Some of the news articles about single parents described and linked to in this post are clearly inspiring but others may surprise and alarm you. They aspire to broaden our perspective and understanding of single parents and their experiences worldwide.
If you have trouble getting to these links, feel free to email me at firstname.lastname@example.org and I’ll send PDFs of them to you.
Single parenting and burnout go together like peanut butter and jelly — always have, always will — but the pandemic revealed how much single mothers and single fathers need their “strategic village” to parent effectively. This village typically consists of friends, neighbors, family, child care providers, babysitters, carpools, teachers and doctors. Without their involvement and support, single parents could not make it through the day. We would succumb to cynicism, exhaustion, stress, anxiety and feelings of inadequacies. Dr. Stephanie Lee, a senior director at the Child Mind Institute, a nonprofit that addresses children with mental health and learning disorders, described the underlying crisis single parents endure:
“Single parents are particularly at risk in terms of isolation because of all the things they need to do on a daily basis, and they have absolutely no help to do it.”
But, we know this.
If I asked any single parent about feeling lonely, angry and depressed, I would listen to or read an outpouring of personal stories and hopefully helpful advice.
Studies cited in this article support — or validate — the reality of our existence. Suggestions to alleviate our burnout are provided, none of which are terribly surprising. Ultimately, we must endure the struggles and confront the challenges one day at a time.
More and more single women and lesbians are choosing to have children through in vitro fertilization treatments — and discovering that their decision to start a family alone or with a homosexual partner faces several challenges. In France, only heterosexual couples are eligible for medically assisted reproduction, including sperm donation. Gynecologists could go to prison and endure penalties if they provide these procedures for single women and lesbians.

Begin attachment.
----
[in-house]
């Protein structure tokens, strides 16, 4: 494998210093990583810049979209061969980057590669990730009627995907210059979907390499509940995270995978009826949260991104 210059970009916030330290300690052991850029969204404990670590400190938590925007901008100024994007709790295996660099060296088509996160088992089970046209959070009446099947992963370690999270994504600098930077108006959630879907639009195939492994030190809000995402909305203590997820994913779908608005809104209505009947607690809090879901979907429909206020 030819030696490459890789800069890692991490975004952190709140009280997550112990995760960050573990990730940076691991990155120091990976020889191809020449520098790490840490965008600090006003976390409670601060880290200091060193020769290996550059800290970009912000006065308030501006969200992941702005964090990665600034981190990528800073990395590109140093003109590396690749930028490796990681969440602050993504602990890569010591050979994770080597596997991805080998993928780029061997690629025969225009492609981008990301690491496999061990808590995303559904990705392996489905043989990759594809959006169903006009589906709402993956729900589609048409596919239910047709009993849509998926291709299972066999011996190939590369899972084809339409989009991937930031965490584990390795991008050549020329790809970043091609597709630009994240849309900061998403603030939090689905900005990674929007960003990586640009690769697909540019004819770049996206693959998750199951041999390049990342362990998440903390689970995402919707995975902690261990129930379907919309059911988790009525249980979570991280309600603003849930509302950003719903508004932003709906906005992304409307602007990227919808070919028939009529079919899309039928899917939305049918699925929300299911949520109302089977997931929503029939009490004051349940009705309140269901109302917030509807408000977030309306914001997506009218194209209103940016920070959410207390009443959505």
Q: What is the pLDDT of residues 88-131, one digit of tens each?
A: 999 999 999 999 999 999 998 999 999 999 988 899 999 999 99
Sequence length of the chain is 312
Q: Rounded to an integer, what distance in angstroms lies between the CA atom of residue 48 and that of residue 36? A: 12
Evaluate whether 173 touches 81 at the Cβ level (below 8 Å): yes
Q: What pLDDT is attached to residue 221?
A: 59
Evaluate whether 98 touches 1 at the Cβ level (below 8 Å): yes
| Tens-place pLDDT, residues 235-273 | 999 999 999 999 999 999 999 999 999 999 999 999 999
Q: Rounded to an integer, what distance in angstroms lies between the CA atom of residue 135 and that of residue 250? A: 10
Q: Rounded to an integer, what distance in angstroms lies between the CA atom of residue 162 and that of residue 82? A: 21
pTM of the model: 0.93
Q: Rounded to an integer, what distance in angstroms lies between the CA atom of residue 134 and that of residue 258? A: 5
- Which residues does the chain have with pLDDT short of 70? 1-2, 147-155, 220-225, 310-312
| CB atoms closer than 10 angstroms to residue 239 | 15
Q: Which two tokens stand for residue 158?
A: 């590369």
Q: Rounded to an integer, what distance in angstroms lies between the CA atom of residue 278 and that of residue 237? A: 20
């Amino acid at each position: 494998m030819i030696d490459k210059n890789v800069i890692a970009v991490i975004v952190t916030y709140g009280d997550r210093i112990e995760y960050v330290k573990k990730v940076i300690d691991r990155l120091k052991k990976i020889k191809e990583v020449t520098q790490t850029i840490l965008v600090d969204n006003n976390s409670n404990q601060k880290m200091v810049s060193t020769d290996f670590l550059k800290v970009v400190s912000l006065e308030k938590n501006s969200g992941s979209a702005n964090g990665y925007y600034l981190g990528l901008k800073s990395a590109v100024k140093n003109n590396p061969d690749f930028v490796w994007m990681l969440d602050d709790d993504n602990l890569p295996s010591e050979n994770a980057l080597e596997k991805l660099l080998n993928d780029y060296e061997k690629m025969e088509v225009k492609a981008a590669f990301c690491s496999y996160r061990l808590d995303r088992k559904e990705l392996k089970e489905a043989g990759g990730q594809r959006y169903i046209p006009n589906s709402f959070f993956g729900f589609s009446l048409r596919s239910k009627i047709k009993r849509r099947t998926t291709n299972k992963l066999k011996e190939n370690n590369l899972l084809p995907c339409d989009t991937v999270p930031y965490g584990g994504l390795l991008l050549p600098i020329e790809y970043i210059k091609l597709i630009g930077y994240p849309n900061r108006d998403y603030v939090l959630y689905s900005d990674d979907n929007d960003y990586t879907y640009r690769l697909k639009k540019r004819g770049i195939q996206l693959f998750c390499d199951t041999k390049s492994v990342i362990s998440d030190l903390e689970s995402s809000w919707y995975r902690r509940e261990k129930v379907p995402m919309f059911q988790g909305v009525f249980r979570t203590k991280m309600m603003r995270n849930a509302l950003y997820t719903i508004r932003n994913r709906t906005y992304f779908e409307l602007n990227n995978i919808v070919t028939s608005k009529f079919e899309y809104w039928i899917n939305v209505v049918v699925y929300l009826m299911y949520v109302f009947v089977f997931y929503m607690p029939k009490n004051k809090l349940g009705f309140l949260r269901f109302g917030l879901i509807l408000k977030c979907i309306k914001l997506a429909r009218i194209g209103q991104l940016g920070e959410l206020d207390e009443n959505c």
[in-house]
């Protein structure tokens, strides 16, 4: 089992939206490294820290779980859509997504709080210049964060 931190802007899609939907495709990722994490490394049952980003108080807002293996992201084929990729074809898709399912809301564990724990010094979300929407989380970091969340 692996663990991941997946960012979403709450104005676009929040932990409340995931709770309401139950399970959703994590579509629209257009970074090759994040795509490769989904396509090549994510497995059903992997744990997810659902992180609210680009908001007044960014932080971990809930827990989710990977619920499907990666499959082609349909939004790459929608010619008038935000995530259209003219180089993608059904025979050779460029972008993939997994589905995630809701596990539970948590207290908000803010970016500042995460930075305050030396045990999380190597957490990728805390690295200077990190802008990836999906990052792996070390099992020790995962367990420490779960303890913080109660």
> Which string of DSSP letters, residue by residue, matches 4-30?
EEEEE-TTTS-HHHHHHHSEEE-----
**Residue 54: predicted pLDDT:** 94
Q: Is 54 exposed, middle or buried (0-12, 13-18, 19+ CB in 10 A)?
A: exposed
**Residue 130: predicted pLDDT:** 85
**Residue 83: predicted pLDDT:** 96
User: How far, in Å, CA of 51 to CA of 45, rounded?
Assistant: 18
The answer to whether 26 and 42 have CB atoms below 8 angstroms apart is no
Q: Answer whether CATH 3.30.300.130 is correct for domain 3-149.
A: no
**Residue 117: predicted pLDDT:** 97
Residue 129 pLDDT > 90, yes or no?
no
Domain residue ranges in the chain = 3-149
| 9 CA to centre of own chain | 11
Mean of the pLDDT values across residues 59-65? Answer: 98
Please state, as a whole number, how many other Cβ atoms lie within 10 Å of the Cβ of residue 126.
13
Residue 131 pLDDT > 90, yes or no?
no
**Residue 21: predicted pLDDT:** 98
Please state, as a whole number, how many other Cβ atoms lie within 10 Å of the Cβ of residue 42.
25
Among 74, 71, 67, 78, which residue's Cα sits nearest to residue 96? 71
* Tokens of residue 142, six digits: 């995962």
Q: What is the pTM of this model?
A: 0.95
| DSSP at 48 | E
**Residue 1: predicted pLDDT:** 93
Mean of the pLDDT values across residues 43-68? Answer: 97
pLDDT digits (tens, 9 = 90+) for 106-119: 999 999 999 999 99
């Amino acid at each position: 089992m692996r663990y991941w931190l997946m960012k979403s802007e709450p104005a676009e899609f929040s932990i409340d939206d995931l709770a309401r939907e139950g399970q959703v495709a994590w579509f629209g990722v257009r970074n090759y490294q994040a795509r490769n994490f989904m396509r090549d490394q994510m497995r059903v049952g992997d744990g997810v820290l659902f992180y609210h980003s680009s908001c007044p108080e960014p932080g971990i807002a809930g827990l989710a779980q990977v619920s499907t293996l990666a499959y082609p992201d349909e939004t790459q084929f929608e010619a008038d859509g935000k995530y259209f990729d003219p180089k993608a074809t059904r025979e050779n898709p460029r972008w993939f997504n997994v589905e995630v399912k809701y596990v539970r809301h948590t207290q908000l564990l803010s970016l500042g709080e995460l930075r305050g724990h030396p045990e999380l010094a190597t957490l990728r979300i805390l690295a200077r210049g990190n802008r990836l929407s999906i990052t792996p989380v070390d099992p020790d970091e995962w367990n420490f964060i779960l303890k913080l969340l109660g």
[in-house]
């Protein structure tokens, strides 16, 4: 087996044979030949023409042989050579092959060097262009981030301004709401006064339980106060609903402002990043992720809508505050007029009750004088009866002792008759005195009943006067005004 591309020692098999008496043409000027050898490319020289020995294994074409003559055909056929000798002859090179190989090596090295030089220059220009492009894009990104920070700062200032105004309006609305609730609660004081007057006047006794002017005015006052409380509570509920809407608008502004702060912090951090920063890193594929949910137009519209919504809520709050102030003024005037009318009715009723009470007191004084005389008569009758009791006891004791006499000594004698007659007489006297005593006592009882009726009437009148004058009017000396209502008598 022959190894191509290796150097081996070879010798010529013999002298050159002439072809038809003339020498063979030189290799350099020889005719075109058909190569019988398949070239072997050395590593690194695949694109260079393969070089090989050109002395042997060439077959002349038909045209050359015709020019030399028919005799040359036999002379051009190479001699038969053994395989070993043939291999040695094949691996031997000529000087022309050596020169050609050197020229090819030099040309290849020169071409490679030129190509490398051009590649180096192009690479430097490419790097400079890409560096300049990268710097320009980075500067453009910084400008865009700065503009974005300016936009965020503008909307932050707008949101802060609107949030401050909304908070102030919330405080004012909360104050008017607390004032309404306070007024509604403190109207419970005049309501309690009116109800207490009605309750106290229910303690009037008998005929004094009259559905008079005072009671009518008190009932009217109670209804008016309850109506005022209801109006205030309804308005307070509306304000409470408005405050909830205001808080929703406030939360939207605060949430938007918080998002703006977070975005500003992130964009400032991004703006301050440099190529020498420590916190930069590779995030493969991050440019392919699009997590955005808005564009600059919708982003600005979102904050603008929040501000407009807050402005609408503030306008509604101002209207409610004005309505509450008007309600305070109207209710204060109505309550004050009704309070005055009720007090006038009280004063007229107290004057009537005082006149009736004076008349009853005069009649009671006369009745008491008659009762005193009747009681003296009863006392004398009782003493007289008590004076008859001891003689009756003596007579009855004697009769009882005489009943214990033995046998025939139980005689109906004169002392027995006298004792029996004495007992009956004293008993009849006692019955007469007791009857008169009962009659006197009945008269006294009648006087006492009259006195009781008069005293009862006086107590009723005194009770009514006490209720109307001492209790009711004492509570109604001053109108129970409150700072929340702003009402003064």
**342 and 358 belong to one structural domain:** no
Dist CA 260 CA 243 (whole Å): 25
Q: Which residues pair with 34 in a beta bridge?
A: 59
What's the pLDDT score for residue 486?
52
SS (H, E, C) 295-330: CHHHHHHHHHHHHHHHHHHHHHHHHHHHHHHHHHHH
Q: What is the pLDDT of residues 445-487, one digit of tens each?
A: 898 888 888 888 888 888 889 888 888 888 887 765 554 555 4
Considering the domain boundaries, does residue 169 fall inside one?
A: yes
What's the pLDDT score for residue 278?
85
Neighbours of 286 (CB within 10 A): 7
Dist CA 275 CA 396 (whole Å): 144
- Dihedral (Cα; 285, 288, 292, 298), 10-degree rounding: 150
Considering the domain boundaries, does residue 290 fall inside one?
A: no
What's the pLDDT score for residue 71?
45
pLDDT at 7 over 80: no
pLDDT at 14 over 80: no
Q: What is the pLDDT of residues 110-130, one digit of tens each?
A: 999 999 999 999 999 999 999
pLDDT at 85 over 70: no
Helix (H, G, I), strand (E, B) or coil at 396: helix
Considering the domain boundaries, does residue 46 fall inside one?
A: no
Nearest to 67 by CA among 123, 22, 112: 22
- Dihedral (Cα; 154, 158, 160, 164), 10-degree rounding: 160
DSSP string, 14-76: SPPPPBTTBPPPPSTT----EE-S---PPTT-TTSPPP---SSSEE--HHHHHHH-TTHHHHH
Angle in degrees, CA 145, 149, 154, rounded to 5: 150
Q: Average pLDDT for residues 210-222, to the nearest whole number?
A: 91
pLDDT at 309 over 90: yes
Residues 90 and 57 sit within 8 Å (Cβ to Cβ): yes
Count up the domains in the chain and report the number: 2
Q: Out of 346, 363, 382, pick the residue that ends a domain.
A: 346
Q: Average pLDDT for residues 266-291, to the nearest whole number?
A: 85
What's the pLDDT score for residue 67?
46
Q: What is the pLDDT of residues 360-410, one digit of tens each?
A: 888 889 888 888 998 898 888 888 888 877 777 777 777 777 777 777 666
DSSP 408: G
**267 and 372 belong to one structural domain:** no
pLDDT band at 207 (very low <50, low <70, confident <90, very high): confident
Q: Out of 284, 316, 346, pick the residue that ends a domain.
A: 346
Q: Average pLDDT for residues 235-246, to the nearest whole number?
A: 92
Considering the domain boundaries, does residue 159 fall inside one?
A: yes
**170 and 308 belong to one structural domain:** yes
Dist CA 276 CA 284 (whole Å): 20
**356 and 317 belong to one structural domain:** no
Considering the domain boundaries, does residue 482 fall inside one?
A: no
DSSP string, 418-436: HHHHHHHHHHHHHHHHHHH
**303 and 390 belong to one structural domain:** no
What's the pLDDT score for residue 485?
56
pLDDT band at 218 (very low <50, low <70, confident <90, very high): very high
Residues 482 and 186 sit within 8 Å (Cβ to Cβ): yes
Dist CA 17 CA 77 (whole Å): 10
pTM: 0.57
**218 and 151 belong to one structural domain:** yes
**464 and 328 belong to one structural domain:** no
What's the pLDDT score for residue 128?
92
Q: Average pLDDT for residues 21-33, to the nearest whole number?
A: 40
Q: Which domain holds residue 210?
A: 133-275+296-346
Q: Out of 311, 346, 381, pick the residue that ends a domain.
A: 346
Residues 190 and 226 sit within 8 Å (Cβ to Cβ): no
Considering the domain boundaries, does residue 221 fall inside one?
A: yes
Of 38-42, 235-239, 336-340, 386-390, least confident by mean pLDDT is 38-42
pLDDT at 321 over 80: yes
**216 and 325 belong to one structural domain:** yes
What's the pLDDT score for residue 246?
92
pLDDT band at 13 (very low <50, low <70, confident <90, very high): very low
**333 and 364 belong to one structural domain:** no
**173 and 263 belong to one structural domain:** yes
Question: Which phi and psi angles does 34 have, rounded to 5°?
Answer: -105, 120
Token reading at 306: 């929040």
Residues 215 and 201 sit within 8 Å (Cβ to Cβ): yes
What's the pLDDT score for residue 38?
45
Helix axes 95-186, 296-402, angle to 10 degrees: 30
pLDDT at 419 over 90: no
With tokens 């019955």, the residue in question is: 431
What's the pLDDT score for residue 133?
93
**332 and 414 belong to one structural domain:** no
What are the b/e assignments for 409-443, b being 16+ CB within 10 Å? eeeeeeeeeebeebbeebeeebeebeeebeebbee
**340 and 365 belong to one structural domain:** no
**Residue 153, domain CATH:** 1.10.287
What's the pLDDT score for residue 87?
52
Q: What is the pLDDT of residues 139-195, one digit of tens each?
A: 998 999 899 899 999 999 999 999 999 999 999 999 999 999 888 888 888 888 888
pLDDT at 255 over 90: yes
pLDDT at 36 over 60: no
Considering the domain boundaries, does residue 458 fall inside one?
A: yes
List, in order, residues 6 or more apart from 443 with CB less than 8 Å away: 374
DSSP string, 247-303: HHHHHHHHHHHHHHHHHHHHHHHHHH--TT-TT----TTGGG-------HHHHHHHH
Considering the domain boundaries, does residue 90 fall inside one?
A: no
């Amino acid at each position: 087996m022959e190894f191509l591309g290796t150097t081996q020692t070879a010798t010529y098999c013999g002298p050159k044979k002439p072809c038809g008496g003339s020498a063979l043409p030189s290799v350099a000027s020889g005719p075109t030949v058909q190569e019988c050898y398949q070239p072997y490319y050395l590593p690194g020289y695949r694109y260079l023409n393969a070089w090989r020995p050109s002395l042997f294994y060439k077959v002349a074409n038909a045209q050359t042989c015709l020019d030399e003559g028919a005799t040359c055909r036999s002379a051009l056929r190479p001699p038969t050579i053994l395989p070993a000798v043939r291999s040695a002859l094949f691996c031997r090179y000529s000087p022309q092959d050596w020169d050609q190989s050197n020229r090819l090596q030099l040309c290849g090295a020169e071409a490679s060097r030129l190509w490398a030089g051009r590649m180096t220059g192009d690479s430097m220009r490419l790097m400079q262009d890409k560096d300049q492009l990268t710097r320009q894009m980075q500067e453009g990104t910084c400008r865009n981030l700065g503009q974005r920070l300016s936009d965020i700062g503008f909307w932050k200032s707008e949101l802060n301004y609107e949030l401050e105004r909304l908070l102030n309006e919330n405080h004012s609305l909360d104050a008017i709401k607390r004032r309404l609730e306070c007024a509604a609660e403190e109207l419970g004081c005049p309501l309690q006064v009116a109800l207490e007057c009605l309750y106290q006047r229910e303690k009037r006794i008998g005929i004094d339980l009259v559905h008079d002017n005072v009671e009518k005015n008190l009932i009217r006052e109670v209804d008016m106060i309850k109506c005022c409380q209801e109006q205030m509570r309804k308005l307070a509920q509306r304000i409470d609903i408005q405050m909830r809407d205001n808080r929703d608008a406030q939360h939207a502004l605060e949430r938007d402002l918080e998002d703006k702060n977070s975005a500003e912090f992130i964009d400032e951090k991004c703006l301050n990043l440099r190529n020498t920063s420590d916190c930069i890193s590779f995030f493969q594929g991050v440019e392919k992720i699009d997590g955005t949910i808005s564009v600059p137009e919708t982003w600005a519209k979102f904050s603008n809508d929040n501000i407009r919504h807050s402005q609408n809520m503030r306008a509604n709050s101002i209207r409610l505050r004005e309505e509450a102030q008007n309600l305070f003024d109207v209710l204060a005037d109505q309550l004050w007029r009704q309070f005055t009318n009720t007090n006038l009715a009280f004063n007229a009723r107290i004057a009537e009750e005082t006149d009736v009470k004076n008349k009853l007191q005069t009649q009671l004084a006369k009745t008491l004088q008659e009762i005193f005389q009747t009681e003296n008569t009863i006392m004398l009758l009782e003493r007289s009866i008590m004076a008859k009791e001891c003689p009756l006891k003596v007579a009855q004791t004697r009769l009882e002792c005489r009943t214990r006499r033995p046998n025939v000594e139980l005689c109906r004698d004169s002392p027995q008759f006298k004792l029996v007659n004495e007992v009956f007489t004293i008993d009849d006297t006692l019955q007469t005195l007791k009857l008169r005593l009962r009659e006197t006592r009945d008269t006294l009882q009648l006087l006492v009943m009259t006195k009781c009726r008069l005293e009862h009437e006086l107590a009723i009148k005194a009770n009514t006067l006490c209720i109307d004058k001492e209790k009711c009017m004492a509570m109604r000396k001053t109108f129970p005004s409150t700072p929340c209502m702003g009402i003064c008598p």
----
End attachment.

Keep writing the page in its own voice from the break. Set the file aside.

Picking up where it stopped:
Benedicte Blanchet, who lives in a Paris suburb, went to another country to receive IVF at a cost of nearly $20,000. Her son Esteban is now 3 years old. She described her experiences becoming a lone parent:
“Having a child made the whole difficult journey really worth it for me. But it’s still hard because it’s rubbed in your face that a child has to have a mother and a father. I don’t agree. My family is just as legitimate as any other, it’s just a different kind of family.”
French lawmakers now are considering legislation that would legally permit medically assisted reproduction for all women younger than 43. With this new legal advancement on the horizon, the path to parenthood faces an unexpected obstacle: depleted sperm banks. Currently, sperm donors are anonymous, but this new bill would remove this condition and require their identities to be revealed in case the child wants to know who their biological father is. Many women fear this stipulation would hinder donations further — and they may be correct.
In case you didn’t know it, single parents are a miserable lot. Ireland’s Central Statistics Office found that “approximately half [48 percent] said they often experience judgemental attitudes or exclusion as a lone parent,” according to the Life At Home CSO Pulse Survey for May and June 2021. Other findings included: